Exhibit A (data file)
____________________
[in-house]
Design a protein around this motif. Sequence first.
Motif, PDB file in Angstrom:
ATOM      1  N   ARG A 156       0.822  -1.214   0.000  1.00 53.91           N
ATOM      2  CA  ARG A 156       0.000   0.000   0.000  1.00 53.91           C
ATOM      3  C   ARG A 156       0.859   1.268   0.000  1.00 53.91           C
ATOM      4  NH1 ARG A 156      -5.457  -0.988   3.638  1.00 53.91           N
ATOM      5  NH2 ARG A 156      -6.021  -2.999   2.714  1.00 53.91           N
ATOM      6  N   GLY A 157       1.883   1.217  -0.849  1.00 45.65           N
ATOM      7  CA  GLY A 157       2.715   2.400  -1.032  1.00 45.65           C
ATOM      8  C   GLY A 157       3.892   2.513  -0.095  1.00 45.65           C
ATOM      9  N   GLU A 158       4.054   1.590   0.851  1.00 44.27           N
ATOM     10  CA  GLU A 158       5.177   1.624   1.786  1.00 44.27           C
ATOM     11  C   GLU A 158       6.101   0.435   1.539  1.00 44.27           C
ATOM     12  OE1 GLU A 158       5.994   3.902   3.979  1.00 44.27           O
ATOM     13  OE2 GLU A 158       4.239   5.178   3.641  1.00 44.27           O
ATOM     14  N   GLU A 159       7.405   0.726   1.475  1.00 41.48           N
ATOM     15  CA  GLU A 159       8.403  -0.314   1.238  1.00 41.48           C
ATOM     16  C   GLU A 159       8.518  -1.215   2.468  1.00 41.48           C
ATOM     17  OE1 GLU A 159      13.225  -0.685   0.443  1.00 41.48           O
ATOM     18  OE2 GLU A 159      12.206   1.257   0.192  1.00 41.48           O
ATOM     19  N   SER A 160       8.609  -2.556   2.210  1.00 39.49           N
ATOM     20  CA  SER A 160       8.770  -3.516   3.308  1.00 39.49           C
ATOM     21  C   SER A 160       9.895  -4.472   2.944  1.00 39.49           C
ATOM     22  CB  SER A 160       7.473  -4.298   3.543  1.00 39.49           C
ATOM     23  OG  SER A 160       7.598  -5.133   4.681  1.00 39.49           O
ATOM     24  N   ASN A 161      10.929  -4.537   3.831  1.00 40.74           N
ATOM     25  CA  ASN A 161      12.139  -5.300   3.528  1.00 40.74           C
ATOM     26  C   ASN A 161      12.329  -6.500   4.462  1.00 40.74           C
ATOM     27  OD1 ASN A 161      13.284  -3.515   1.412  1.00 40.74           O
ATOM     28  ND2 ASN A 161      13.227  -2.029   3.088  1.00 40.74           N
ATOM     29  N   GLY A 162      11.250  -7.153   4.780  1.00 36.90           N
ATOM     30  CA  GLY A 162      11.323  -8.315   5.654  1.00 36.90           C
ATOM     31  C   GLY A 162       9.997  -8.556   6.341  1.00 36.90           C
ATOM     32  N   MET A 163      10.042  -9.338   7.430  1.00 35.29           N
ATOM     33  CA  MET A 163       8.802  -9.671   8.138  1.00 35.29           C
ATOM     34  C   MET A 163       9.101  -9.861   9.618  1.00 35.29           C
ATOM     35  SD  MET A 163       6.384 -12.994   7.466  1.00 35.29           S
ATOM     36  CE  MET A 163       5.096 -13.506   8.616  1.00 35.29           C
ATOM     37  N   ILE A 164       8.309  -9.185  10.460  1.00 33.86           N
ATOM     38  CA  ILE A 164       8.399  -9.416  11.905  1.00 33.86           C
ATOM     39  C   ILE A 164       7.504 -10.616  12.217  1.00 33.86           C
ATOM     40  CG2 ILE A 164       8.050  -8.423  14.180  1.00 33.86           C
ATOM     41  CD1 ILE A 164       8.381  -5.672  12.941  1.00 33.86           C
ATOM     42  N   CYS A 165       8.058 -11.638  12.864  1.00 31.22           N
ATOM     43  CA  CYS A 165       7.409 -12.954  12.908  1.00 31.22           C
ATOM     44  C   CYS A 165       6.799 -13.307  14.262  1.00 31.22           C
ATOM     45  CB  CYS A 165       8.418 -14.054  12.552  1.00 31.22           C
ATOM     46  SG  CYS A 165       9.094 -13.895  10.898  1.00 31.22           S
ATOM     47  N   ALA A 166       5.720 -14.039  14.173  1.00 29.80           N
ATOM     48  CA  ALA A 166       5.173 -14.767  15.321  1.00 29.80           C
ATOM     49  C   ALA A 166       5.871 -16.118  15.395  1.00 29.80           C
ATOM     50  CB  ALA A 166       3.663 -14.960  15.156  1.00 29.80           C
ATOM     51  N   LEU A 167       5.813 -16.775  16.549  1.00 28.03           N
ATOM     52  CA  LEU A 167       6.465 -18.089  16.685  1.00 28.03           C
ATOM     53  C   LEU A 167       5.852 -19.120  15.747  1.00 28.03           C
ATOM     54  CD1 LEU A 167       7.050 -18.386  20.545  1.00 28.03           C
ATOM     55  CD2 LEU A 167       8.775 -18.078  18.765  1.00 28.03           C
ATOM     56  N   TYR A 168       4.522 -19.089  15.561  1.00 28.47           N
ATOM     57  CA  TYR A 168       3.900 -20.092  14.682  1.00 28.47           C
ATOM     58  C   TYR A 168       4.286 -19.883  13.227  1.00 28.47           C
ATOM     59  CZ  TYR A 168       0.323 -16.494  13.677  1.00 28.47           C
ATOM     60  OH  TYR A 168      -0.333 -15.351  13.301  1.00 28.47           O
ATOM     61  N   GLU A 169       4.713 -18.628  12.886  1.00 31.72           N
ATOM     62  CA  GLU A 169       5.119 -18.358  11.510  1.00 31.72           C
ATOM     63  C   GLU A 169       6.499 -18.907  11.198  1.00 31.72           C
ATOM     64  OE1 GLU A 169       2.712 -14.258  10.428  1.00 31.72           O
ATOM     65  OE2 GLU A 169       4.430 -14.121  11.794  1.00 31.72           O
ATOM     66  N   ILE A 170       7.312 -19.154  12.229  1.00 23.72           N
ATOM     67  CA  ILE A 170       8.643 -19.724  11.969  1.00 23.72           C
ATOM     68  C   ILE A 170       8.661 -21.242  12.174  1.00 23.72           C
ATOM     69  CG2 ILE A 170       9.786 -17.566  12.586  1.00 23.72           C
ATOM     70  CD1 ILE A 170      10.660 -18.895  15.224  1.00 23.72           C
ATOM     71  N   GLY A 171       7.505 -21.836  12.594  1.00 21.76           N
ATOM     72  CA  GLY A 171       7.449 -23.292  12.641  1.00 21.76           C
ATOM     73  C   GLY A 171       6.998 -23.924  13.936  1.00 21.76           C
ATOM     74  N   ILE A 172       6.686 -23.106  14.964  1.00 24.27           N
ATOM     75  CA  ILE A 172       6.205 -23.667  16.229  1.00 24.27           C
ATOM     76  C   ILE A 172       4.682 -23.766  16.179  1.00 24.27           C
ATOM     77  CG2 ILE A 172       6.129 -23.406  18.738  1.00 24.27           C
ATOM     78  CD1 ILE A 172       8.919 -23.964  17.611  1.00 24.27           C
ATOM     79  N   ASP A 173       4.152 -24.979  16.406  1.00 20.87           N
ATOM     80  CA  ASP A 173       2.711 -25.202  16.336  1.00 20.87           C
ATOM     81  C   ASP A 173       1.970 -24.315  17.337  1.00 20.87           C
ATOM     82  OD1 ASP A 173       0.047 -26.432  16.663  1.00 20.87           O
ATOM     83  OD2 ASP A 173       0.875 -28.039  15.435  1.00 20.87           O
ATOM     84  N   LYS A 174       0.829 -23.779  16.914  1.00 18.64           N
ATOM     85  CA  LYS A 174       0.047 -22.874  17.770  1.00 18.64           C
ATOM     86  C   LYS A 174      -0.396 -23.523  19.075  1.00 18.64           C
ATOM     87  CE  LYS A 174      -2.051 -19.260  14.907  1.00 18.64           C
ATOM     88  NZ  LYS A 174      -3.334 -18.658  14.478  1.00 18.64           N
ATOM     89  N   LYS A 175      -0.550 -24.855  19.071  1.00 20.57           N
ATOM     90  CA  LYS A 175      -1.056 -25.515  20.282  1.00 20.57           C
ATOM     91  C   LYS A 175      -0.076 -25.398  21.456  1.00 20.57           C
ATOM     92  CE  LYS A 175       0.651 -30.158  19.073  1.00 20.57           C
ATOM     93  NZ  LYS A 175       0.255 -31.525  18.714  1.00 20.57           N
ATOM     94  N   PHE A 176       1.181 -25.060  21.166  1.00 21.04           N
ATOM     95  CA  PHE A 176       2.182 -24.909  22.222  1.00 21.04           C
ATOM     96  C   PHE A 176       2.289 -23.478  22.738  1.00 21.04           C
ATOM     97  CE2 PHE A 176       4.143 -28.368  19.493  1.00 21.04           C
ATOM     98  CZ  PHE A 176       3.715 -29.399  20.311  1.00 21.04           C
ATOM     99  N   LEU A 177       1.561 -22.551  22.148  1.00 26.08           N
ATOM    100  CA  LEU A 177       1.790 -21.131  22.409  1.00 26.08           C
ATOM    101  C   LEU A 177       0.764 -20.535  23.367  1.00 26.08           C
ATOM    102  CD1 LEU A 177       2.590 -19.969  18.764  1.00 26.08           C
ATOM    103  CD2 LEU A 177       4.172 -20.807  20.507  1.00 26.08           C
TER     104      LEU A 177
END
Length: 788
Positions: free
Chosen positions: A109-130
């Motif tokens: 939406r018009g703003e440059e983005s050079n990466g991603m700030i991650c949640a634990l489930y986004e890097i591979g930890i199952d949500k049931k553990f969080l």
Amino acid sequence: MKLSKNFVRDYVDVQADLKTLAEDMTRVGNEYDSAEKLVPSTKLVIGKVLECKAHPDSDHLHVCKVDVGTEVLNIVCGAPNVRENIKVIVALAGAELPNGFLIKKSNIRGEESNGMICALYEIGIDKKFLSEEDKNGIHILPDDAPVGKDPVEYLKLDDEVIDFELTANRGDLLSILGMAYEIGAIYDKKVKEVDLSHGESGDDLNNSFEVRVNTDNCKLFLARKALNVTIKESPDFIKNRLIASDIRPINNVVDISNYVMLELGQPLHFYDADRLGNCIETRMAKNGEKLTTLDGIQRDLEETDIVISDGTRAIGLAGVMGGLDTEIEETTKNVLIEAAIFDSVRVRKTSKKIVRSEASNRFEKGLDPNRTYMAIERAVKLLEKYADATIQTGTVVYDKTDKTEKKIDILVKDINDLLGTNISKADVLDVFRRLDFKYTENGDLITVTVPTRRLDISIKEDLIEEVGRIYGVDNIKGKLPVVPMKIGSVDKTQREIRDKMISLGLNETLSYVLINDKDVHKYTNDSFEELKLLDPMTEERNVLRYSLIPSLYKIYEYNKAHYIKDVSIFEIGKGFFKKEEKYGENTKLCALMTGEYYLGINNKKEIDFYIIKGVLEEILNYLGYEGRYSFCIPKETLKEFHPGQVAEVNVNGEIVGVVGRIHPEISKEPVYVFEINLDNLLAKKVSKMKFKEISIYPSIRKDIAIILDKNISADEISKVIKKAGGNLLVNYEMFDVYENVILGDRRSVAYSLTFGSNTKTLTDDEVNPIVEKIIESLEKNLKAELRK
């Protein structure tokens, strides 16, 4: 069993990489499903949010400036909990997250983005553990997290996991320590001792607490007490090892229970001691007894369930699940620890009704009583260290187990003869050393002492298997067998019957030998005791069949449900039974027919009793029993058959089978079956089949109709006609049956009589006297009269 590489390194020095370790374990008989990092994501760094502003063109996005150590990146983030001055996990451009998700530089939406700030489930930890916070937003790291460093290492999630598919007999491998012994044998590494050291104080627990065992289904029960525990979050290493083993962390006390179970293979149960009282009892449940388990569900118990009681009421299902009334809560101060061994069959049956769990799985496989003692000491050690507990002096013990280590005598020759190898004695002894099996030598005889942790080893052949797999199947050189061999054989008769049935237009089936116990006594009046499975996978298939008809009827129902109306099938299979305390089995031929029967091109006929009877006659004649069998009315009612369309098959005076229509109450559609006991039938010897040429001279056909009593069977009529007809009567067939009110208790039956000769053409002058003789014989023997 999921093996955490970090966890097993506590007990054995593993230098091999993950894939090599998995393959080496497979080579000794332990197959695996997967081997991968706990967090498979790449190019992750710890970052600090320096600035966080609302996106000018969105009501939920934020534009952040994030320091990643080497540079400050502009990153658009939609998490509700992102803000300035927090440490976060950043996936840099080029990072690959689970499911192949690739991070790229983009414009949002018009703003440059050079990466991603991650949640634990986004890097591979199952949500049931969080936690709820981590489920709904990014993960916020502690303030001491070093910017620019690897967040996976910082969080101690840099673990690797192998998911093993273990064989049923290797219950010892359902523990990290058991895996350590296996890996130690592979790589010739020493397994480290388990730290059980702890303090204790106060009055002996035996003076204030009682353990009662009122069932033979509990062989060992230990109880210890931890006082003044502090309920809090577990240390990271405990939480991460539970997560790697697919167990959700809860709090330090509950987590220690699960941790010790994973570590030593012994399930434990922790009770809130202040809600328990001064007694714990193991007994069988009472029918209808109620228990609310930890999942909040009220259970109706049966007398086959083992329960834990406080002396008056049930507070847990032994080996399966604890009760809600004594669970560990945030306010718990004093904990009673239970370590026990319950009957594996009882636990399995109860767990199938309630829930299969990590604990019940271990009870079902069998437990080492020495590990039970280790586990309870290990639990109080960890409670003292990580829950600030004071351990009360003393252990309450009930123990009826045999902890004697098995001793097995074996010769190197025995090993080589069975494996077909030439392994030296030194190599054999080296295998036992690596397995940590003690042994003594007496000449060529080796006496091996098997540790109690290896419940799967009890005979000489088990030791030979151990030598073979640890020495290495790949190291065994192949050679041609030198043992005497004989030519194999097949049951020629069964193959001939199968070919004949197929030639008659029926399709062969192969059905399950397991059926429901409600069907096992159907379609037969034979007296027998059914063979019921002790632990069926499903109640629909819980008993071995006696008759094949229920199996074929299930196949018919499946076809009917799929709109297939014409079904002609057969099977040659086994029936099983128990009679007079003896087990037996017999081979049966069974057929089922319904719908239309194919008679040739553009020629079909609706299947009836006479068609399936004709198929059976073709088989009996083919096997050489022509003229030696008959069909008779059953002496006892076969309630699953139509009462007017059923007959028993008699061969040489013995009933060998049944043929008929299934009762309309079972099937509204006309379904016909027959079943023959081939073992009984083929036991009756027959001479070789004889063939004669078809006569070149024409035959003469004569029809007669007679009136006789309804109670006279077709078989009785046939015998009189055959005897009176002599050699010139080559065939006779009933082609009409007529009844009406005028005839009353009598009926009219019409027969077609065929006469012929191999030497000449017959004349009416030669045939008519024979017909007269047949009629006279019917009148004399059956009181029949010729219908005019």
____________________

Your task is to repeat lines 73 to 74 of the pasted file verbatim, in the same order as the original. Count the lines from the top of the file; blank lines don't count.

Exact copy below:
ATOM     70  CD1 ILE A 170      10.660 -18.895  15.224  1.00 23.72           C
ATOM     71  N   GLY A 171       7.505 -21.836  12.594  1.00 21.76           N